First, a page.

Patents Q&A

When Are Patent Applications Published?

Most patent applications are normally published while still pending and prior to the grant/issuance of a patent. Such publication allows the public to see the contents of the application and expands the publication of technical information to include applications that do not turn into granted patents. But when does this pre-grant publication normally occur? And are there any exceptions or variations in the normal publication schedule? This article addresses issues around when patent applications are published occur prior to grant.

When Publication Normally Occurs

In the USA, any new utility or plant patent application is normally published after eighteen (18) months have elapsed from the earliest filing date. The 18-month publication period is based on the earliest effective filing date or priority date. So if there was a prior provisional or foreign priority application, or the application is a continuing application, the 18-month timeline runs from the earliest priority or “parent” application’s filing date rather than the filing date of the current application. Publication normally occurs as soon as possible after the 18-month deadline arrives. In practice, there may be administrative delays in publication. As a result, it might not always happen at exactly eighteen months.

However, U.S. design patent applications and provisional patent applications are never published before grant (35 U.S.C. § 122(b)(2)(A)). Also, reissue patent applications are not published because they always relate to a prior patent that was already granted and therefore already publicly available.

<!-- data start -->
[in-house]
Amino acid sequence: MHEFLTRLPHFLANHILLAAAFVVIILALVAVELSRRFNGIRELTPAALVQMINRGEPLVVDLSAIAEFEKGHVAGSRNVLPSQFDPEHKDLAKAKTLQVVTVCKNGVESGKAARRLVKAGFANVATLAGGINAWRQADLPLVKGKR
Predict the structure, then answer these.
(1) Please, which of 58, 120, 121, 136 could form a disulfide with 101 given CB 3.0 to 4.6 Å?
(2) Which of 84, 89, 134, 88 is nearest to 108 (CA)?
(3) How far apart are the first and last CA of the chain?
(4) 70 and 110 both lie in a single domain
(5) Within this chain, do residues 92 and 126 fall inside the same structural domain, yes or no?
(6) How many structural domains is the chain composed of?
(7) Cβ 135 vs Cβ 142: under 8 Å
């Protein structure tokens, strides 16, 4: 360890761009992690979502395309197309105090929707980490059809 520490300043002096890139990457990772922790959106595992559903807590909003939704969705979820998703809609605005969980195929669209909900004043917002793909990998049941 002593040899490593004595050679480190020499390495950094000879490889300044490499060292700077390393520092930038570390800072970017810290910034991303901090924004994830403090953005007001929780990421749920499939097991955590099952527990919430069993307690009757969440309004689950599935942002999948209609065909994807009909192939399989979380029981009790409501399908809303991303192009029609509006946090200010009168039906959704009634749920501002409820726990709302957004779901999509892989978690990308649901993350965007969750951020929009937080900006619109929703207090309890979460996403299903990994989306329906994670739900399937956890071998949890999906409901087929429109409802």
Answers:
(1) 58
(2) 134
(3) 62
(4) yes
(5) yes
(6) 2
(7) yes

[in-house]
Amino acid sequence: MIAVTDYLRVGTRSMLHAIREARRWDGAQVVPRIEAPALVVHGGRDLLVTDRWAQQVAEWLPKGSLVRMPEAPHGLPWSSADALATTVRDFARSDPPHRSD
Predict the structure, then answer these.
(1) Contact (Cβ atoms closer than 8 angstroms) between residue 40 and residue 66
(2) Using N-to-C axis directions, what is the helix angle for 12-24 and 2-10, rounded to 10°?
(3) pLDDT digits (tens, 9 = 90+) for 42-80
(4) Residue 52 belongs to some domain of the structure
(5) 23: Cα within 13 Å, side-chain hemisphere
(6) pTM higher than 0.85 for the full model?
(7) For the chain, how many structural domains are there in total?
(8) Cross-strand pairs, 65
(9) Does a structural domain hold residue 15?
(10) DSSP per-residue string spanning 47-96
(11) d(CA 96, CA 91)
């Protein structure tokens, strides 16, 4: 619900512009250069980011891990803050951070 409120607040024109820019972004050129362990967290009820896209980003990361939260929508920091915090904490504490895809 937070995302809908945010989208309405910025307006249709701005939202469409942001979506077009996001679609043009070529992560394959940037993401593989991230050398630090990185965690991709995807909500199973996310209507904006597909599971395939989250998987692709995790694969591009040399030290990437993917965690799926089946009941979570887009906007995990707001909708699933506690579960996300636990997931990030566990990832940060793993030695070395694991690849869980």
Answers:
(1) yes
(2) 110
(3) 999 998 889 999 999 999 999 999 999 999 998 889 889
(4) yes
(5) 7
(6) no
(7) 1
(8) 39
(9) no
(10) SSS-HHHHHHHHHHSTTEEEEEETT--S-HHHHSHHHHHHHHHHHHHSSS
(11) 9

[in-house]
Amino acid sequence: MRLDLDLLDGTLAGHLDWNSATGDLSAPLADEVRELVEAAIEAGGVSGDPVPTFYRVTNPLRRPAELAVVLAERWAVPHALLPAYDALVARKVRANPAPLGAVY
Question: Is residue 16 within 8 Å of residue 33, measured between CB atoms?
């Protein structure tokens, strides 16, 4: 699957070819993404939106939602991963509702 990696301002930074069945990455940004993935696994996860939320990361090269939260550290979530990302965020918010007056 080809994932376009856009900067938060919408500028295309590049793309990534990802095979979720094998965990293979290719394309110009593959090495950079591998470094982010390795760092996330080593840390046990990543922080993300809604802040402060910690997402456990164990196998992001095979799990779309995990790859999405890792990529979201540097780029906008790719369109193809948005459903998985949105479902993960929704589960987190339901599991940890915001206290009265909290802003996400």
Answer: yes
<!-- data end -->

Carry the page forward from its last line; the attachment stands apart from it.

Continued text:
PCT international patent applications are also published after eighteen months (PCT Art. 21). Most other jurisdictions publish patent applications after eighteen months too. Sometimes this public availability in other countries is referred to as providing “laid open” patent applications.

Exceptions to the Normal Publication Schedule

There are some exceptions to the default 18-month pre-grant publication of utility and plant patent applications.

Sometimes pre-grant publication is delayed or does not occur at all. In the USA, applicants can expressly request non-publication, which is only possible if no foreign patent protection is sought. If a non-publication request is filed, the patent and related file wrapper contents only become accessible when a patent is granted, if at all. There can also be secrecy orders that delay publication (and grant of a patent) when the application’s subject matter implicates national security interests. And applications that are no longer pending at eighteen months are not published. That situation arises if a patent is granted in less than eighteen months or if an applicant files a timely express abandonment request.

It is also worth noting that pre-grant publication only began in the U.S. starting with applications filed on or after November 29, 2000. So pre-grant publications simply did not exist in the USA prior to that time frame. Although pre-grant publications have existed in many other countries for a much longer time.

Occasionally pre-grant publications will occur earlier than the usual 18-month schedule. For instance, applicants in the U.S. can expressly request early publication and/or republication, although such requests are rare.

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Austen Zuege is an attorney at law and registered U.S. patent attorney in Minneapolis whose practice encompasses patents, trademarks, copyrights, domain name cybersquatting, IP agreements and licensing, freedom-to-operate studies, client counseling, and IP litigation. If you have patent, trademark, or other IP issues, he can help.